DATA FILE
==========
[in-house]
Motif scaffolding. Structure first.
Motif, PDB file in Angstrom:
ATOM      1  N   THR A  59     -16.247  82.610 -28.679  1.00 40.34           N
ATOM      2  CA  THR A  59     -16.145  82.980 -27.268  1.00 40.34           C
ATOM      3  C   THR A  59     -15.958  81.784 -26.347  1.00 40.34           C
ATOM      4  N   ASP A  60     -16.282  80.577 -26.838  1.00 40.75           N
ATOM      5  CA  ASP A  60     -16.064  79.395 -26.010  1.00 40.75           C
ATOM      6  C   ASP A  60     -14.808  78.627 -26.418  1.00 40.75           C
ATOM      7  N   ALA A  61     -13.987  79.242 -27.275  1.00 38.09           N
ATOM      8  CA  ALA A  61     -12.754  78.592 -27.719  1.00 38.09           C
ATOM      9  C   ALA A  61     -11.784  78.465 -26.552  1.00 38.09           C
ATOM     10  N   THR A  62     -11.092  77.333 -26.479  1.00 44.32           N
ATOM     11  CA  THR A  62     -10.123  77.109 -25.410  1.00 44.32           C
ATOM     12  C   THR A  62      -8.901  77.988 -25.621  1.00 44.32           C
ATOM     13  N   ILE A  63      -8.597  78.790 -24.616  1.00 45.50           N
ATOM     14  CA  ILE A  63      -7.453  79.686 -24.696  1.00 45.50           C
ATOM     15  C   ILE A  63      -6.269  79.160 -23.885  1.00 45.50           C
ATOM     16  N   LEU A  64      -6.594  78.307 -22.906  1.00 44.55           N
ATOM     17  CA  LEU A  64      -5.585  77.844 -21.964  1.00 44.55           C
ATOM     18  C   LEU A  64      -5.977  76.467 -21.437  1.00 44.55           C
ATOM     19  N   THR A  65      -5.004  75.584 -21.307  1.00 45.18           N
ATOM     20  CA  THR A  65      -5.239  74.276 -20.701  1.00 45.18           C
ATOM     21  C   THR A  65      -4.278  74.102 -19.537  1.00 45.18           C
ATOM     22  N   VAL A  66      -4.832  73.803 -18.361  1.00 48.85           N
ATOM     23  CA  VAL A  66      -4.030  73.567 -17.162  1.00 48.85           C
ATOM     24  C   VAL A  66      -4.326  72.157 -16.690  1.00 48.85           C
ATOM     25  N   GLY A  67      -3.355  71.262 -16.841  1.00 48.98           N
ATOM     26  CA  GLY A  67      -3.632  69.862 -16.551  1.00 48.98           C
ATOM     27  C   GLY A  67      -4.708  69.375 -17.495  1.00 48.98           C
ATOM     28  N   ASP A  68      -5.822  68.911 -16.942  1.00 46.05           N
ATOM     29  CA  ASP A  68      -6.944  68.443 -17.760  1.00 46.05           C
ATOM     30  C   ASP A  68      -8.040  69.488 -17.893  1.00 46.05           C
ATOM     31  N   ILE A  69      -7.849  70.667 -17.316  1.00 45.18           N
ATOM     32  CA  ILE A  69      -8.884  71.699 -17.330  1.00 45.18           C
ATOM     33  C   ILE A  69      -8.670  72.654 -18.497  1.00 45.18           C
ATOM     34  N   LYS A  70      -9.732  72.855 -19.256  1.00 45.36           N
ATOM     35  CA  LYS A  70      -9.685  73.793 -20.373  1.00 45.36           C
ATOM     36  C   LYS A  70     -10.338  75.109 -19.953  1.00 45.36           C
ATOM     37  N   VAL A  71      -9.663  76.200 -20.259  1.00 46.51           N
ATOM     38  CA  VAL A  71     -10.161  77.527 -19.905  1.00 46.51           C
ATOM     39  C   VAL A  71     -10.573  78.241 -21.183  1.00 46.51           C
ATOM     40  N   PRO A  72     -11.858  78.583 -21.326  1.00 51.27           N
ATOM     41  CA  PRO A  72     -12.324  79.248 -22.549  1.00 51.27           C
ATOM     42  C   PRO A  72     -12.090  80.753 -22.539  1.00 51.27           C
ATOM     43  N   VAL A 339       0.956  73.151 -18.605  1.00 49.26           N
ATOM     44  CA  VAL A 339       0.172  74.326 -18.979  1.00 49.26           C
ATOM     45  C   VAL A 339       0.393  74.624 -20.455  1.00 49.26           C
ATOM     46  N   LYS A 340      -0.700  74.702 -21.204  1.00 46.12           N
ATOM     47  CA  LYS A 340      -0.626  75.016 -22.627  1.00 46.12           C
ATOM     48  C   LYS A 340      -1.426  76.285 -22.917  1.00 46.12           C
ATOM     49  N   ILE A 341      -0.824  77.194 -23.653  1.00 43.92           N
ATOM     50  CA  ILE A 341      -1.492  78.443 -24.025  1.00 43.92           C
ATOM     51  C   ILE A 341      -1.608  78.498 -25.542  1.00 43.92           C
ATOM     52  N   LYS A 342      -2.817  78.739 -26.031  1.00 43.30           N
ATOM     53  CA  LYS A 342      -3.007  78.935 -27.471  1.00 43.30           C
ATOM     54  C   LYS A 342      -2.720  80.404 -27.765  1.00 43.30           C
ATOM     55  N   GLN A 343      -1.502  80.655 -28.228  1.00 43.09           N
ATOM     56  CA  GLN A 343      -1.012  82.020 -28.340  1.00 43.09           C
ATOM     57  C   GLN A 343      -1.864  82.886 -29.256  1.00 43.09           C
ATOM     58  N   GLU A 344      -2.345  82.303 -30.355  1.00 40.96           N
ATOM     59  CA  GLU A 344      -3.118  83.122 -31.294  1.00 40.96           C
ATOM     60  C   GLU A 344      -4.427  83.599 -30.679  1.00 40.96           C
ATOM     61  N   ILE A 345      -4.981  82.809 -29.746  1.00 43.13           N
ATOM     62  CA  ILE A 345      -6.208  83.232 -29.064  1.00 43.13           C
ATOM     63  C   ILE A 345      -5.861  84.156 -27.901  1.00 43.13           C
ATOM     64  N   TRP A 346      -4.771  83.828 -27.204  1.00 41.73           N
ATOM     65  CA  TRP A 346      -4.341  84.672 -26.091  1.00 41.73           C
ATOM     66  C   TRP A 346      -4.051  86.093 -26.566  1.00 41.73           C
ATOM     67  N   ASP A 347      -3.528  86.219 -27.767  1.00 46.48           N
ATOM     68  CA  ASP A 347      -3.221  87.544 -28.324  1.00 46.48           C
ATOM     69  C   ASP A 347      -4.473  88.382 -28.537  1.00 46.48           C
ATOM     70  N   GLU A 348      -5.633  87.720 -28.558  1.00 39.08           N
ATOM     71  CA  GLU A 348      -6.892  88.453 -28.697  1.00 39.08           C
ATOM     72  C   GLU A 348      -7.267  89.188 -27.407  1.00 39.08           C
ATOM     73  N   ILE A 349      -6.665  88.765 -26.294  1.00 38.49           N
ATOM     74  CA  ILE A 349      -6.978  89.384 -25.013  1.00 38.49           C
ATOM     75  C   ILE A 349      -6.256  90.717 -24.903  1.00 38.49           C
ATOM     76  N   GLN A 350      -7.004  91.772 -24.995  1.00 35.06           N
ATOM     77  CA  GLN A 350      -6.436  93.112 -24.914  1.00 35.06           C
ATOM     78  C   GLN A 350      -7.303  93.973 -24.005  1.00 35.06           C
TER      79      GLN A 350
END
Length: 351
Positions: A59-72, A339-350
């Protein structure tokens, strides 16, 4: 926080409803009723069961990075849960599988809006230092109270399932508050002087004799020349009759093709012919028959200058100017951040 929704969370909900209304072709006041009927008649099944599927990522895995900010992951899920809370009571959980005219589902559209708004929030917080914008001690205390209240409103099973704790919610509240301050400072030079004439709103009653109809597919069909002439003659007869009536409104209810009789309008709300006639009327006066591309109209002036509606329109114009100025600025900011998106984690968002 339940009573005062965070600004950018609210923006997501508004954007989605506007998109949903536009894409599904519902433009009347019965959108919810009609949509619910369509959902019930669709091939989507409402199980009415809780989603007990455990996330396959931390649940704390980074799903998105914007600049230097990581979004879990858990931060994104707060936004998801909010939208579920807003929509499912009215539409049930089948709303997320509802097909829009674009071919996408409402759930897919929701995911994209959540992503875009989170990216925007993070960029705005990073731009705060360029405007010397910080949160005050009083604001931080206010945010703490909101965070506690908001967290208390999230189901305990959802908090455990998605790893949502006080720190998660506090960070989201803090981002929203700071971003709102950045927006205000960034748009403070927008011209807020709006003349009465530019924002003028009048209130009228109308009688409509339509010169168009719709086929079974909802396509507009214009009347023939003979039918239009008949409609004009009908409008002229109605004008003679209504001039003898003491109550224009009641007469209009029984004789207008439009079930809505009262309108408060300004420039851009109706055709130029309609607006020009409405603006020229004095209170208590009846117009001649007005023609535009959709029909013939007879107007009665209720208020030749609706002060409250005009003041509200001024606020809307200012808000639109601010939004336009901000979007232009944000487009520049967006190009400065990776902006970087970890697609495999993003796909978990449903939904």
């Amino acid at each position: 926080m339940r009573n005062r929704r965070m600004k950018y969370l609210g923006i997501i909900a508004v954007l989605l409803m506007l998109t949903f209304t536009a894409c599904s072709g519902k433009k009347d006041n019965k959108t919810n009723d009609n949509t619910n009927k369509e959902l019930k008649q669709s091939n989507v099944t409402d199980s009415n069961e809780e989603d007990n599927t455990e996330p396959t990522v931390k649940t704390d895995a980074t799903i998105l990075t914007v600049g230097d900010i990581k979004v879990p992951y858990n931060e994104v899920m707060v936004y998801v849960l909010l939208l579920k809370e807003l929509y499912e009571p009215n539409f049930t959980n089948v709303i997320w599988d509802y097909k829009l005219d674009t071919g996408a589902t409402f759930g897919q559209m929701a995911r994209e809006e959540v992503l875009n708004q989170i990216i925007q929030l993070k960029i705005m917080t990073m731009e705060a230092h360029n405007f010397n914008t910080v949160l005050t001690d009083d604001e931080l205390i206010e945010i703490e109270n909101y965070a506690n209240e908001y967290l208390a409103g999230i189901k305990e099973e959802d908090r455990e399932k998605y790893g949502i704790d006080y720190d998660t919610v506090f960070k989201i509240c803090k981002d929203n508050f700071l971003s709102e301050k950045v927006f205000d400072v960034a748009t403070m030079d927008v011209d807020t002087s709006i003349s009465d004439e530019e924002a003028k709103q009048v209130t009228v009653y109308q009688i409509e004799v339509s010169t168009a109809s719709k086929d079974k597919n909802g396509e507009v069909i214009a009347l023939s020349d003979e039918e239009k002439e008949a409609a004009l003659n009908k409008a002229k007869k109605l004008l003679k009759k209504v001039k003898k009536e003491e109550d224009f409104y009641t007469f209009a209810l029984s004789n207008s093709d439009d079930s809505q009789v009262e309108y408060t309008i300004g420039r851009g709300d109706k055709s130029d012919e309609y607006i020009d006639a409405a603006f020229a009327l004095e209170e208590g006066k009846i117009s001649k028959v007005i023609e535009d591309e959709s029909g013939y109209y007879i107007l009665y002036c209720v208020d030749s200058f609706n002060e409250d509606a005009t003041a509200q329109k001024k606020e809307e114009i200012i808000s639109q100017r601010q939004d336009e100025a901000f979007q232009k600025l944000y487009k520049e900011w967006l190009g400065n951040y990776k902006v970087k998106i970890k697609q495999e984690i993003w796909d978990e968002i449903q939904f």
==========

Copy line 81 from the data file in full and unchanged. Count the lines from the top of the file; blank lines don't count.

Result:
ATOM     78  C   GLN A 350      -7.303  93.973 -24.005  1.00 35.06           C